Systematic reviews, meta-analyses, and other reports

Despite the vast number of literature reviews focusing on treatment approaches in patients with PD who manifest neuropsychiatric symptoms, only two systematic reviews mentioned Bupropion [44, 47]. Both reports focused on antidepressants use in patients with PD and the review from Mills and colleagues included only RCTs [44]. In these reviews, two articles were included, the one from Goetz, 1984 (in Weintraub, 2005) and the one from Trivedi, 2002 (in Mills, 2018), which have been already discussed the previous paragraph. In both cases, a meta-analysis was performed, but the specific studies on Bupropion were not included in further analyses, so additional data on this medication were not available.

Similarly, Paumier and colleagues [45] conducted a meta-analysis on six RCTs investigating the effect of antidepressants (including Bupropion) on PD progression. This is the only investigation that showed how antidepressant-treated subjects had a lower probability of requiring dopaminergic therapy compared with those individuals not taking antidepressants (HR = 0.6, p < 0.001). Of note, this effect was not specific to a particular class of antidepressants. Additionally, mean change in the UPDRS (Unified Parkinson’s disease rating scale) scores was significantly lower (i.e., a lesser degree of motor impairment and disability) in subjects treated with “atypical” antidepressants than those not taking antidepressants (p < 0.05). Bupropion was included in this class of “atypical” antidepressants, even though a direct effect of Bupropion cannot be drawn considering how these drugs were grouped (with Mirtazapine and Trazodone).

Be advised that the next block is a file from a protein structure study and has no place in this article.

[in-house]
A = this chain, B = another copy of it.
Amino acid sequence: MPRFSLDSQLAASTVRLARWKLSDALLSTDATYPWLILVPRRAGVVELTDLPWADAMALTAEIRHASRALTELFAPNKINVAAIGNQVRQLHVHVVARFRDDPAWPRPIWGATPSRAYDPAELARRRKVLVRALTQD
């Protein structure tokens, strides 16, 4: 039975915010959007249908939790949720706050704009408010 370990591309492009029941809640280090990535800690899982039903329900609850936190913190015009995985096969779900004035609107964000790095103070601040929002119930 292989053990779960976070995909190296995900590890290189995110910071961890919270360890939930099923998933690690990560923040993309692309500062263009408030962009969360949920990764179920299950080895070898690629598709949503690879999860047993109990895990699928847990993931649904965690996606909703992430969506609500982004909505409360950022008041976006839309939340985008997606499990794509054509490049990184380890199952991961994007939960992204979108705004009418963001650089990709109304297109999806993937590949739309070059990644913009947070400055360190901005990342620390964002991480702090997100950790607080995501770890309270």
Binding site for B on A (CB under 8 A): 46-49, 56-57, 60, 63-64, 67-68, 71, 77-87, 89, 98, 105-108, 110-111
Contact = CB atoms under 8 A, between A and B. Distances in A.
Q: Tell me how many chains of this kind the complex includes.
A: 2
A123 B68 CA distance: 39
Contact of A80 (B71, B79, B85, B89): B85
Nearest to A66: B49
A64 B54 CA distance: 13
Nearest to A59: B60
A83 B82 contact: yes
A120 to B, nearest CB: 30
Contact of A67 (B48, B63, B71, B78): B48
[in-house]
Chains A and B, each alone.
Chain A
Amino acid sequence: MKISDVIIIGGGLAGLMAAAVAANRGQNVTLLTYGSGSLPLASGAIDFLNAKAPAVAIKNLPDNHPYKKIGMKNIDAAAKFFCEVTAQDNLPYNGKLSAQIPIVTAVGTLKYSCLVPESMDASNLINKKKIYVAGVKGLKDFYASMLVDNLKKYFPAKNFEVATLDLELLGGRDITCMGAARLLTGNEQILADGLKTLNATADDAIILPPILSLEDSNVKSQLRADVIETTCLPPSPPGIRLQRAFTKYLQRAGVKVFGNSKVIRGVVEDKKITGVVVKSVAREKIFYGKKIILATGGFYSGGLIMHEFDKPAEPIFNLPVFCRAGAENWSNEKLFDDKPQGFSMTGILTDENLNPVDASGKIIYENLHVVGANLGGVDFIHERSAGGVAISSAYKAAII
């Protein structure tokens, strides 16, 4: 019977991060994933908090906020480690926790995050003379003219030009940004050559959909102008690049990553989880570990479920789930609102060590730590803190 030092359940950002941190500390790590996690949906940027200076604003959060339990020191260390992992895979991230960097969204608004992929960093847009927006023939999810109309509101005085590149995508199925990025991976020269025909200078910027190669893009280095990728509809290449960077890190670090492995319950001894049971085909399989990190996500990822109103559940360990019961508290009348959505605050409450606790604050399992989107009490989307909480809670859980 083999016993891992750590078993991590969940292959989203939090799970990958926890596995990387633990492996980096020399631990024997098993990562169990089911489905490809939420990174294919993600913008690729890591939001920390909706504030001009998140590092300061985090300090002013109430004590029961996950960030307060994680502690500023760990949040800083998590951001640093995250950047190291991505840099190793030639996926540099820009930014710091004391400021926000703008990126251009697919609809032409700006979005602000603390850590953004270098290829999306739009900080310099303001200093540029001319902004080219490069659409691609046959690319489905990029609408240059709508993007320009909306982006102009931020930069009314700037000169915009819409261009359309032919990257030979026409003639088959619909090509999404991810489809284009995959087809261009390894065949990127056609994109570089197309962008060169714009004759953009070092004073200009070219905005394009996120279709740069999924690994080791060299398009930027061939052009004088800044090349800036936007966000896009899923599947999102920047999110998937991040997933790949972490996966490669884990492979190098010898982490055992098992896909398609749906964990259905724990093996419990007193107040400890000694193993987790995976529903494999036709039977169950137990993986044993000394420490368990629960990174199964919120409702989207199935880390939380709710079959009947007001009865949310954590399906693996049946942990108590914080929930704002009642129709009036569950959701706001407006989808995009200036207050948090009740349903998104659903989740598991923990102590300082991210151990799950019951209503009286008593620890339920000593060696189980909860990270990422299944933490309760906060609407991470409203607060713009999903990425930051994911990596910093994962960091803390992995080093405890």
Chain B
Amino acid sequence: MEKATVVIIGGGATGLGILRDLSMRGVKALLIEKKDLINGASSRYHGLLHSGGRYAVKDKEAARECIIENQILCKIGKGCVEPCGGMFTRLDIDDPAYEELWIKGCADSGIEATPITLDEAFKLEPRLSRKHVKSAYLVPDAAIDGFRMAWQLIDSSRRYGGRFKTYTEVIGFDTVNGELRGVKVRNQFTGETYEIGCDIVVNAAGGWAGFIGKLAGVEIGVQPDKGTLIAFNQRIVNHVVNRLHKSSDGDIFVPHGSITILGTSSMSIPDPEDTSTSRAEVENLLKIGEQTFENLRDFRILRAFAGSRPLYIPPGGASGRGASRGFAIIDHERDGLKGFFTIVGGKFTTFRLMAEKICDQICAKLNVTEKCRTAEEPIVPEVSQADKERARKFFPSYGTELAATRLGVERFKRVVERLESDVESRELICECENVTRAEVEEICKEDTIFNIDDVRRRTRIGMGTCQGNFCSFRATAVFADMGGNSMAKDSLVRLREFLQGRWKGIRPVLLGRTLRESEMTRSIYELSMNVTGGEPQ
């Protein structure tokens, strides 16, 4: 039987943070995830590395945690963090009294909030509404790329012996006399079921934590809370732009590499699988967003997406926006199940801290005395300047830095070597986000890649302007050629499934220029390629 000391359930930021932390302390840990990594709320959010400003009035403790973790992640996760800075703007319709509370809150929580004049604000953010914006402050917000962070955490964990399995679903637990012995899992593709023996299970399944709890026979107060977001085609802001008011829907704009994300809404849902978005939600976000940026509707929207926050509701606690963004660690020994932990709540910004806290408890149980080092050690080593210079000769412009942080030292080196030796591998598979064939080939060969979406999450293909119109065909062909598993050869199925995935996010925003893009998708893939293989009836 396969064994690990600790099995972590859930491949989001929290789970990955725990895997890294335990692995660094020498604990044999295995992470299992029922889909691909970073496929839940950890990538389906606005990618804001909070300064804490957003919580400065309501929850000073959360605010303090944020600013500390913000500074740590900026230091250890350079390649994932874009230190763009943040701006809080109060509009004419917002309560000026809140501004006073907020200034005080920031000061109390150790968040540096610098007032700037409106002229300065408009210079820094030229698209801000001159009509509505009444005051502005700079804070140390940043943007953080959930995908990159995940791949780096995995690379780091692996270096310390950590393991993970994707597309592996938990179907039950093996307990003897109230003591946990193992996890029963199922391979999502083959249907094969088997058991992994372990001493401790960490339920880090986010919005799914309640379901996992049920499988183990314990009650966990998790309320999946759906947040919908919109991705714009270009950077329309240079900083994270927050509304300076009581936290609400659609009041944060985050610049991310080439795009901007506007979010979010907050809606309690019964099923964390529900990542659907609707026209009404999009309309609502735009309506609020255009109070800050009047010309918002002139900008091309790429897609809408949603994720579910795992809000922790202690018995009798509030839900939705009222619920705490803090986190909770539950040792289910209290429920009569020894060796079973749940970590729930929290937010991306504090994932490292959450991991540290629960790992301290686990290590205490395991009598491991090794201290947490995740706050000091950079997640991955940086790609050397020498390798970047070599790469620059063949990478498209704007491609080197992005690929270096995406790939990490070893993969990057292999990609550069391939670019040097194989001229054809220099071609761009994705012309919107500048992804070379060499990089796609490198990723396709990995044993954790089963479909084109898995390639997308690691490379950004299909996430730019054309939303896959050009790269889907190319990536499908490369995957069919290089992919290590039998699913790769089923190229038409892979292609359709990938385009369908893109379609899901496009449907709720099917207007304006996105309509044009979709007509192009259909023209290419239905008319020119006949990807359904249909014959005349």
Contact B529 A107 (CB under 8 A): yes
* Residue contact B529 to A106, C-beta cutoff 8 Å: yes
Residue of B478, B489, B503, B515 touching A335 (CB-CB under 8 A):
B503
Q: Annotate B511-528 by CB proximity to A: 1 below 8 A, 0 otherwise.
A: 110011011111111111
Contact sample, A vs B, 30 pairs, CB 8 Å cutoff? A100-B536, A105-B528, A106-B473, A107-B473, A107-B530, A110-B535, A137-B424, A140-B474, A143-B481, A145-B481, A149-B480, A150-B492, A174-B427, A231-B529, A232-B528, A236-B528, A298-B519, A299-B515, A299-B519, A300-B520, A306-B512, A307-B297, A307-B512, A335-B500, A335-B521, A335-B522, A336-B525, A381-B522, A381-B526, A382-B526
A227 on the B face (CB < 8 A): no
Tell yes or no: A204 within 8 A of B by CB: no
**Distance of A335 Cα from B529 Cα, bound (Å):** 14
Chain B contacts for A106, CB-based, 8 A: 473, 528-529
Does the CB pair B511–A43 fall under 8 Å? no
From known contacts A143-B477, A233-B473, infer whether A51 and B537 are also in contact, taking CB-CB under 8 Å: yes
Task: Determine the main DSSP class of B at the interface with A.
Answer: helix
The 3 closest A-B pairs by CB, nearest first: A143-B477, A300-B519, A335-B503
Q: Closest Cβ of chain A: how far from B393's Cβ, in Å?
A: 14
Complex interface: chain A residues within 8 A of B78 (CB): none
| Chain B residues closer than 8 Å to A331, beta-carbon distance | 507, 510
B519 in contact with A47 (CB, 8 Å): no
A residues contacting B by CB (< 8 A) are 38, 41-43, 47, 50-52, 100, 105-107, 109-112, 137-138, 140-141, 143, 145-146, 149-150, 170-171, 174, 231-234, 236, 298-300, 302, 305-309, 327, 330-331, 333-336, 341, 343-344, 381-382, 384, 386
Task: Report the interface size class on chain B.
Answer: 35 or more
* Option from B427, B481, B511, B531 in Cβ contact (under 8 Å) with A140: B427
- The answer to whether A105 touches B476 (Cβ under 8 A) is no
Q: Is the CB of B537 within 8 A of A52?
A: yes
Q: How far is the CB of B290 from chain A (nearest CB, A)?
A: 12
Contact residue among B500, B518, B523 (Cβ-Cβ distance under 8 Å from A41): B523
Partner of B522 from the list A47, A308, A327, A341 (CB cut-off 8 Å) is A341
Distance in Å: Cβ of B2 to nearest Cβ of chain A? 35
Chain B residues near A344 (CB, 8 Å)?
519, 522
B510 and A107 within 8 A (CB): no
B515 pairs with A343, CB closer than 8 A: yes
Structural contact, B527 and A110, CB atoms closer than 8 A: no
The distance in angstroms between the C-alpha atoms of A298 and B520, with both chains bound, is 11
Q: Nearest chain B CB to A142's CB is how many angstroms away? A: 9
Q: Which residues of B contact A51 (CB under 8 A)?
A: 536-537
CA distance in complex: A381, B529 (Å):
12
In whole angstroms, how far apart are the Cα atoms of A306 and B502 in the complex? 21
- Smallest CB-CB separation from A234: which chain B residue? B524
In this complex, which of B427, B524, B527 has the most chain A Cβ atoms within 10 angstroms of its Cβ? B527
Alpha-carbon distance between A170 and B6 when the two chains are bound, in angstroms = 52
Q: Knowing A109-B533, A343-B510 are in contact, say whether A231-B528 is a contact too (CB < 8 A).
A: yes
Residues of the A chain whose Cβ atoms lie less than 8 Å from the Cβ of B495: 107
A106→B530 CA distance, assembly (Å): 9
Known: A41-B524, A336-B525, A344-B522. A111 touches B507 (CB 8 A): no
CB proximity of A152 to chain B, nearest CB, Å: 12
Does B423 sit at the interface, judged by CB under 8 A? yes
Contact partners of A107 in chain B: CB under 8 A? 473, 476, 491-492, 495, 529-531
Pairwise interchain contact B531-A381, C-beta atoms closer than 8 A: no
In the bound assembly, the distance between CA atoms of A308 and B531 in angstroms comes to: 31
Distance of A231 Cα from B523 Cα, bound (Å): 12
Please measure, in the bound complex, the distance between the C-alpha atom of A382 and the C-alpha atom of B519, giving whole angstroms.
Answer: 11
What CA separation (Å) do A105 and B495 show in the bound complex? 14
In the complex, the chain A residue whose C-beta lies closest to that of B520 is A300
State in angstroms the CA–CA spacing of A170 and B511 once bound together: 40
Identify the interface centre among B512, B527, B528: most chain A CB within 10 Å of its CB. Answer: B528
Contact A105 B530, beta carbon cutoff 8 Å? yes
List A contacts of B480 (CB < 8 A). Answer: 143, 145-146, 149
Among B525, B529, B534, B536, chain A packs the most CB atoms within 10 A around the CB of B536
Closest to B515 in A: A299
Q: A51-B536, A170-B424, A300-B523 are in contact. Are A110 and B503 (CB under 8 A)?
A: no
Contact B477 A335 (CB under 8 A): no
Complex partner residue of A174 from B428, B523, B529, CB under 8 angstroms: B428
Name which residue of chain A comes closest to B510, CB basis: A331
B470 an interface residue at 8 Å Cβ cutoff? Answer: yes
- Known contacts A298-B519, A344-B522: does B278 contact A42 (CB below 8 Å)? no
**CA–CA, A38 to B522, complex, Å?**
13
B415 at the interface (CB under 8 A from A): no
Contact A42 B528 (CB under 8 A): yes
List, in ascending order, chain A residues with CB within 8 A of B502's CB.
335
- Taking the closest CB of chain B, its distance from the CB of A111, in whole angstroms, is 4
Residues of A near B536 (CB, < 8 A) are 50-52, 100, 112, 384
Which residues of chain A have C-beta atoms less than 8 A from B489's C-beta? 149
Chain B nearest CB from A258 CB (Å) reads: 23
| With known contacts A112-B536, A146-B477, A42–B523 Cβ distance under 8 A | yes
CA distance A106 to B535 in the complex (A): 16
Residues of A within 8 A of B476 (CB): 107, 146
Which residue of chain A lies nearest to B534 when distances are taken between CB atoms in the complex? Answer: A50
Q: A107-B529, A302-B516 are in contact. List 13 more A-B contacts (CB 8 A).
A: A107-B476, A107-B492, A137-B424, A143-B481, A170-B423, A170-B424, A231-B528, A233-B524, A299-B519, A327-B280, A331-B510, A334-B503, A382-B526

The “Neurological Association of Madrid”, thanks to a review of the literature and the results of a movement disorder study group survey, issued a series of recommendations on the use of antidepressants in patients with PD [46]. These clinical guidelines state that SSRIs are usually the drugs of first choice, as they are perceived as being well tolerated, having few drug interactions, and being suitable for patients with comorbidities. In relation to Bupropion, the Authors concluded that clinicians should consider it to treat apathy in patients with PD with the following degree of evidence: class IV (data based on other studies, including consensus or expert opinion) and recommendation U (inadequate or conflicting data).

Lastly, using a Delphi methodology, an original article collected the opinion of 37 experts in psychiatry, neurology, and geriatrics on different topics related to depression in PD [43]. Forty-nine items revisiting some fundamental clinical aspects of depression in PD were included, including specific ones on Bupropion (i.e., “the dopamine and norepinephrine reuptake inhibitor Bupropion is effective in PD patients?”; and “Given its PD-specific efficacy and tolerability, Bupropion is a good treatment option for depression in PD patients?”). Seeing experts’ agreement, this medication was considered an efficacious and well-tolerated pharmacological option for depressive symptoms in PD [43].


Effectiveness on depressive symptoms